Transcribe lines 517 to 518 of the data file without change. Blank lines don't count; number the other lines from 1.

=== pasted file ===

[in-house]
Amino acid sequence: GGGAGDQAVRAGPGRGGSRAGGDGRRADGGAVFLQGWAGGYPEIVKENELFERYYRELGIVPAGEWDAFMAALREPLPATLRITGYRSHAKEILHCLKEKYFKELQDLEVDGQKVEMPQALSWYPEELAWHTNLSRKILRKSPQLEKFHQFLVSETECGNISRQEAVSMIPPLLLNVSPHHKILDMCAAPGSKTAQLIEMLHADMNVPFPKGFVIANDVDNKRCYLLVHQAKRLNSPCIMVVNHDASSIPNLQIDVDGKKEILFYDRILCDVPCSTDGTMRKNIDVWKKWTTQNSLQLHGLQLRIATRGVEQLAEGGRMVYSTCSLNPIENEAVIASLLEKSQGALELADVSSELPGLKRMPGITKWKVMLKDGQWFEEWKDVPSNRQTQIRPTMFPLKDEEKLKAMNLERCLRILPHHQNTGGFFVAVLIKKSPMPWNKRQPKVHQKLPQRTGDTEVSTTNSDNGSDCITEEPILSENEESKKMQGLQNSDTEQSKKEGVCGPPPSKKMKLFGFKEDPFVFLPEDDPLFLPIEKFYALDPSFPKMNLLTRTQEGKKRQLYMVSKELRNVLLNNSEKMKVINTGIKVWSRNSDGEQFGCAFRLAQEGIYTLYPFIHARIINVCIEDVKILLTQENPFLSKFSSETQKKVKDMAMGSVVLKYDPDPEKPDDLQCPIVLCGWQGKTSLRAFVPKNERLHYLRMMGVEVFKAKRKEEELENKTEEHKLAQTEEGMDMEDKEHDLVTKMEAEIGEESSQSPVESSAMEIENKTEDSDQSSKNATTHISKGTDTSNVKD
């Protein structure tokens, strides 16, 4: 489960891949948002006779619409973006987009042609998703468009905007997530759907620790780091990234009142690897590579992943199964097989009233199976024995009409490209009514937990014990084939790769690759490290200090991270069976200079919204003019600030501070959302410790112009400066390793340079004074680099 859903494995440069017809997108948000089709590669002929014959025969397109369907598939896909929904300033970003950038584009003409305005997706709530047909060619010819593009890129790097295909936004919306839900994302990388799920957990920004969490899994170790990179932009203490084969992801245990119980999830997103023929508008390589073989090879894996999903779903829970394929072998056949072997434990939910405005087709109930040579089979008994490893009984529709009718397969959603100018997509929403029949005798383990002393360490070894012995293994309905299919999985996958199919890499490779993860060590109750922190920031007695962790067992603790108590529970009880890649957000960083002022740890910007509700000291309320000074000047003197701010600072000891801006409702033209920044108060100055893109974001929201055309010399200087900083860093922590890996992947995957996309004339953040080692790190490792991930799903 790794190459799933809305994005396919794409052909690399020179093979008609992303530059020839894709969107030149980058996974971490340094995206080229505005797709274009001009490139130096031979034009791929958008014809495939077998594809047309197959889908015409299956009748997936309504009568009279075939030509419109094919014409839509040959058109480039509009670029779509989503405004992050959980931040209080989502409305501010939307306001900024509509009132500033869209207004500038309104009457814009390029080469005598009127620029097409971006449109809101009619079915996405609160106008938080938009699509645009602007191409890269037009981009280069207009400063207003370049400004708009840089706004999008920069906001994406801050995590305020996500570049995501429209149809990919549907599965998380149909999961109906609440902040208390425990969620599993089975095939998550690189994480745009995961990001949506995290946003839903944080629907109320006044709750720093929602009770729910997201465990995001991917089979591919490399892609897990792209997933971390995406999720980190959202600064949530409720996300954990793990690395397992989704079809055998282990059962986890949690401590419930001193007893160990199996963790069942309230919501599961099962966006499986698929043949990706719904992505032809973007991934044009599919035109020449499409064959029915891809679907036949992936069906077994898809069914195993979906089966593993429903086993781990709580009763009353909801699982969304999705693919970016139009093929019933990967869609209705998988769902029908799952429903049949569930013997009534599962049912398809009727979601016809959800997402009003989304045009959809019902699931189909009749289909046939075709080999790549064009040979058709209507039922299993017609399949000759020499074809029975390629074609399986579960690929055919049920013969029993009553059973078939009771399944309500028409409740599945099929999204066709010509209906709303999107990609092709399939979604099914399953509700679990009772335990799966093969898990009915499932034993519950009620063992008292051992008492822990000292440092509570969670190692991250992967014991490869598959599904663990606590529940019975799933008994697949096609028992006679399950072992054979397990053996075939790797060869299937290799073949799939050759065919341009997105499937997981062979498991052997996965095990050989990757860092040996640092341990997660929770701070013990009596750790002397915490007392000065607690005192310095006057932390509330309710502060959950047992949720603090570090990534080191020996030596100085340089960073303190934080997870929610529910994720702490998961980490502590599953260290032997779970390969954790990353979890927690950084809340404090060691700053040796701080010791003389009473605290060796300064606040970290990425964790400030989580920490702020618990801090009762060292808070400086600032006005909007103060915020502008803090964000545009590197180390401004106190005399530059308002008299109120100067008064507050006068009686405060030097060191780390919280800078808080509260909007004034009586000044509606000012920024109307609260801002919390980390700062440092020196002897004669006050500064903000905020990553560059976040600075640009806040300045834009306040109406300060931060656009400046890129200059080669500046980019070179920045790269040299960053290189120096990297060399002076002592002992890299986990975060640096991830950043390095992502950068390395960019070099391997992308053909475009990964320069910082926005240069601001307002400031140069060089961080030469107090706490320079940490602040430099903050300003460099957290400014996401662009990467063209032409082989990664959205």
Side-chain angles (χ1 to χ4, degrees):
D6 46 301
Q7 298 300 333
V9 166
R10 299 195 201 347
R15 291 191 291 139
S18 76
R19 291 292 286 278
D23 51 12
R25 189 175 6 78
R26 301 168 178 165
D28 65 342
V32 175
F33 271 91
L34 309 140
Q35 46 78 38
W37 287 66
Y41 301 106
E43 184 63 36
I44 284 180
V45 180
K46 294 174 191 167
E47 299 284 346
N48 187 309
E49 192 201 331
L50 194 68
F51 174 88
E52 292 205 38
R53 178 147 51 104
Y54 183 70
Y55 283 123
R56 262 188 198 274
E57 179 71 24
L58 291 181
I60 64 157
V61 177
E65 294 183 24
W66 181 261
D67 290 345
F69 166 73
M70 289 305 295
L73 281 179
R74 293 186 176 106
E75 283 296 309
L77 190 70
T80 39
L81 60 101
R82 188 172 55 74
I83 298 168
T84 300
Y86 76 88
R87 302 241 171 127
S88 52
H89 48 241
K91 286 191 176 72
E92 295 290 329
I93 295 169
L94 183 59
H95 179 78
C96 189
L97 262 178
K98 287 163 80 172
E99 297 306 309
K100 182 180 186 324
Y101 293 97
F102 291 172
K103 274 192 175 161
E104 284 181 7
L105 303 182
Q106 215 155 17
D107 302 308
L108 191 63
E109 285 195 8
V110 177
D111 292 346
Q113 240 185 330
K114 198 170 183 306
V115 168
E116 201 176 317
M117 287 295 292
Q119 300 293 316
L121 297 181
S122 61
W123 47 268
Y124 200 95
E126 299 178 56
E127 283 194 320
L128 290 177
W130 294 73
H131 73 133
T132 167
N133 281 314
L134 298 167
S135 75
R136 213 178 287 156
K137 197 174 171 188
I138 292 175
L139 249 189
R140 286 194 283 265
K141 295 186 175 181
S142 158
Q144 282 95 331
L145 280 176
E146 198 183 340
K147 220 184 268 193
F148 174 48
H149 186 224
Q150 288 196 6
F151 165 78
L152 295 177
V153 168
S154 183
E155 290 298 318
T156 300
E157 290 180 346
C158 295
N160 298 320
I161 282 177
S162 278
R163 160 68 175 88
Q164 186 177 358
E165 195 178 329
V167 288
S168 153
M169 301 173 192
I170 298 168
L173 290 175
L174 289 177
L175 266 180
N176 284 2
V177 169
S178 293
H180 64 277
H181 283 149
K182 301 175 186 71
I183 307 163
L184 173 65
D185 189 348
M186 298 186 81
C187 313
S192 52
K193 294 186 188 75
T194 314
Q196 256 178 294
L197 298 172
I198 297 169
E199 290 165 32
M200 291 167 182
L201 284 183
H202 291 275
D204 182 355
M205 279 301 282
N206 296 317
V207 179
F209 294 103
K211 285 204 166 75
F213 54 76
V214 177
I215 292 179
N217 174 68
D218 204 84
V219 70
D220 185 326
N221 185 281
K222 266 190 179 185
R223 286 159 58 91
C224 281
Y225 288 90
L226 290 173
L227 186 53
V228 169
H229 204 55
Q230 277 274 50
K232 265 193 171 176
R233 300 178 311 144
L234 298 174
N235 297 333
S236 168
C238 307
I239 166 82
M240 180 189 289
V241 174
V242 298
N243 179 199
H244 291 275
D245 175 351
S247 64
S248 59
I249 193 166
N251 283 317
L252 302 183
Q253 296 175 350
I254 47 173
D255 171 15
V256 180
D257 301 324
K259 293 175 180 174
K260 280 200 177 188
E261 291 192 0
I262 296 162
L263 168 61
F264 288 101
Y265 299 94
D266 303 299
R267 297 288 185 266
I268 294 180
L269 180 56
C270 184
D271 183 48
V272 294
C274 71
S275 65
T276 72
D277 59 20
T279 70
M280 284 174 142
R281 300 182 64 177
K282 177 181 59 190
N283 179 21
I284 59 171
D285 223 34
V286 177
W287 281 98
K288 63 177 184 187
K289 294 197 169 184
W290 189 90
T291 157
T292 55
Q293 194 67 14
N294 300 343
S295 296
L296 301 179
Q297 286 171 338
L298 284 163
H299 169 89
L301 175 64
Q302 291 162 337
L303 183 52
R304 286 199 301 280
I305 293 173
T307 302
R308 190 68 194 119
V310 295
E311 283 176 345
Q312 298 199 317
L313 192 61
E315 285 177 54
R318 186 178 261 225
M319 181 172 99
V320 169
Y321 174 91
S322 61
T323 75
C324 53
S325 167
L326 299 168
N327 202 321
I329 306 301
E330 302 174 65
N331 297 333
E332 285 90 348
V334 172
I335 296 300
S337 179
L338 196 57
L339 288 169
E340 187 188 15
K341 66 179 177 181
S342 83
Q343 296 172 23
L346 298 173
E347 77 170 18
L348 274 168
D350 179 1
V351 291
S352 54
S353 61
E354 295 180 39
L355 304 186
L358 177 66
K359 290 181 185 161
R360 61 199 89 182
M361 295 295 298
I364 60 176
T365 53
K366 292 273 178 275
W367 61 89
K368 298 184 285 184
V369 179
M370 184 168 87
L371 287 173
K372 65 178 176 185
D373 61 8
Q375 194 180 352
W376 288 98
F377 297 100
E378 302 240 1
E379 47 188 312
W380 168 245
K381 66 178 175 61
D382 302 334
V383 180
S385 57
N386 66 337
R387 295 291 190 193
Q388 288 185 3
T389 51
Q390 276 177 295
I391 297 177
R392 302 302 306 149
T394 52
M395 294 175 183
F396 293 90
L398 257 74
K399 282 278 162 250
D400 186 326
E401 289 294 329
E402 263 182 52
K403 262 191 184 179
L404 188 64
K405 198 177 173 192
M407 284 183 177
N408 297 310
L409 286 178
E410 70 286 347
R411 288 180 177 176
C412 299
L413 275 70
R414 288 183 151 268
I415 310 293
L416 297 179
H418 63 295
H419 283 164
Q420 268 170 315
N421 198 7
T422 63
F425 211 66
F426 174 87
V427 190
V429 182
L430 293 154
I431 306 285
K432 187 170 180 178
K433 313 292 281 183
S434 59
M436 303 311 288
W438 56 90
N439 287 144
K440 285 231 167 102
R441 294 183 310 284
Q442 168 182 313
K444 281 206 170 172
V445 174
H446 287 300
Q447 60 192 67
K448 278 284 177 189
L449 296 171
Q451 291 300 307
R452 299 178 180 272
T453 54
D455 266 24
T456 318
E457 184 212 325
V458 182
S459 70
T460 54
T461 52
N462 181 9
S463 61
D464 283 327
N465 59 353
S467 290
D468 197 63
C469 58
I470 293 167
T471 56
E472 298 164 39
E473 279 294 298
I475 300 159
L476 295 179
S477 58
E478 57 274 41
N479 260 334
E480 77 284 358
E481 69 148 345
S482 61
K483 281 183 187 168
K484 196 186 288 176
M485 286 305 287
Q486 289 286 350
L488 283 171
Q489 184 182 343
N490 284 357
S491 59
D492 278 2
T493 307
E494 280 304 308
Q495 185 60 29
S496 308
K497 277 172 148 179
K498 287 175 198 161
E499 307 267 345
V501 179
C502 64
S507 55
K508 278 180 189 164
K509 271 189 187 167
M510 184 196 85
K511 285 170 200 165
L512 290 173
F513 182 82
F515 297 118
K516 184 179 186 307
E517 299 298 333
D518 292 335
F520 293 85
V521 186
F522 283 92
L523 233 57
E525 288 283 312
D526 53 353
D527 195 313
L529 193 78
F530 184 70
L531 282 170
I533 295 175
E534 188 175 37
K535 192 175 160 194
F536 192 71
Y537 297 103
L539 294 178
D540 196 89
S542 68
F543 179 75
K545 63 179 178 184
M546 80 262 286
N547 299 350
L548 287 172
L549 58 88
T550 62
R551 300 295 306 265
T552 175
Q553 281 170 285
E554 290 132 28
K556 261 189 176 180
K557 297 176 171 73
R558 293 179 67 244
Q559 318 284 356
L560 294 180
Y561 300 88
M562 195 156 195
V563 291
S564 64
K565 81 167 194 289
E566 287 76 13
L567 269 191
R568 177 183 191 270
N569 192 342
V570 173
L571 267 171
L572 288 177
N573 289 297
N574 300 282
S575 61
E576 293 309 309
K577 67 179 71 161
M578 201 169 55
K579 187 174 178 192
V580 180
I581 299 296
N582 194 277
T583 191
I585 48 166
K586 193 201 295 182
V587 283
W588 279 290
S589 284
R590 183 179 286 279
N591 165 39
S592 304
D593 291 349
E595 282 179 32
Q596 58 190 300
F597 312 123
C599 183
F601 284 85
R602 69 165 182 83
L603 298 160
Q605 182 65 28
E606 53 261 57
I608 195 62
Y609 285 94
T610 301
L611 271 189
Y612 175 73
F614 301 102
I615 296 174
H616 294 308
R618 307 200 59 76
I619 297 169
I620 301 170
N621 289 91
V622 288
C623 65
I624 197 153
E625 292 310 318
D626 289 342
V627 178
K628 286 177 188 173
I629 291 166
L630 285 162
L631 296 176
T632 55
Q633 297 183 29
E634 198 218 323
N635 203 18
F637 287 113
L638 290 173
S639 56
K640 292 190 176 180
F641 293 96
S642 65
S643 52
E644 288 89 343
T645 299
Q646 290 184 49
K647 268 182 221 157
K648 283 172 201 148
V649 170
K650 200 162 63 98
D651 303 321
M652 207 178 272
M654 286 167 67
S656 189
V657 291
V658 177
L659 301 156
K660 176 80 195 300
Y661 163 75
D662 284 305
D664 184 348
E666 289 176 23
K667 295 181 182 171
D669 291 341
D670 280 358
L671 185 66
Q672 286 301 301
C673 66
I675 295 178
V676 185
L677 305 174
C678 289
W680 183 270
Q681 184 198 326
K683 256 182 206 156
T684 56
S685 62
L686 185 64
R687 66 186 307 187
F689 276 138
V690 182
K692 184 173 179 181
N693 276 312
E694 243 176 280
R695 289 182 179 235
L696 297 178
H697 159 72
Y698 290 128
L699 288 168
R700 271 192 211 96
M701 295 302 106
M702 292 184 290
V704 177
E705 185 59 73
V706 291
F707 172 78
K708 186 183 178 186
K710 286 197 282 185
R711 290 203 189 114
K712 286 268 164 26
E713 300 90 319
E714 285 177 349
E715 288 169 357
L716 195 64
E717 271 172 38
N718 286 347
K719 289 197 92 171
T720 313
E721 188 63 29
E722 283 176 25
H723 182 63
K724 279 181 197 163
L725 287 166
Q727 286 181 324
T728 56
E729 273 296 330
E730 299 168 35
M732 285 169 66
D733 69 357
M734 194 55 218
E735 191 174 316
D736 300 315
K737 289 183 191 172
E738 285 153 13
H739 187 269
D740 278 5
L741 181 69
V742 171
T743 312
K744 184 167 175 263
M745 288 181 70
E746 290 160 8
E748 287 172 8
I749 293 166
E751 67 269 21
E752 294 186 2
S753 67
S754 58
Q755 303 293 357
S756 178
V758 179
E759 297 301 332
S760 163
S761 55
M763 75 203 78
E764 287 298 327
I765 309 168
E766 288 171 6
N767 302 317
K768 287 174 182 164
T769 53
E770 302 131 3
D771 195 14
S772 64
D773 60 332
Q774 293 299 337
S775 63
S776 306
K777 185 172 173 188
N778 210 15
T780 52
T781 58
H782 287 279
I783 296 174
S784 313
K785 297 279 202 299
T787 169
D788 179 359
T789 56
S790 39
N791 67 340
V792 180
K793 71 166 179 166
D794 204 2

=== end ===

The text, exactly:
Q633 297 183 29
E634 198 218 323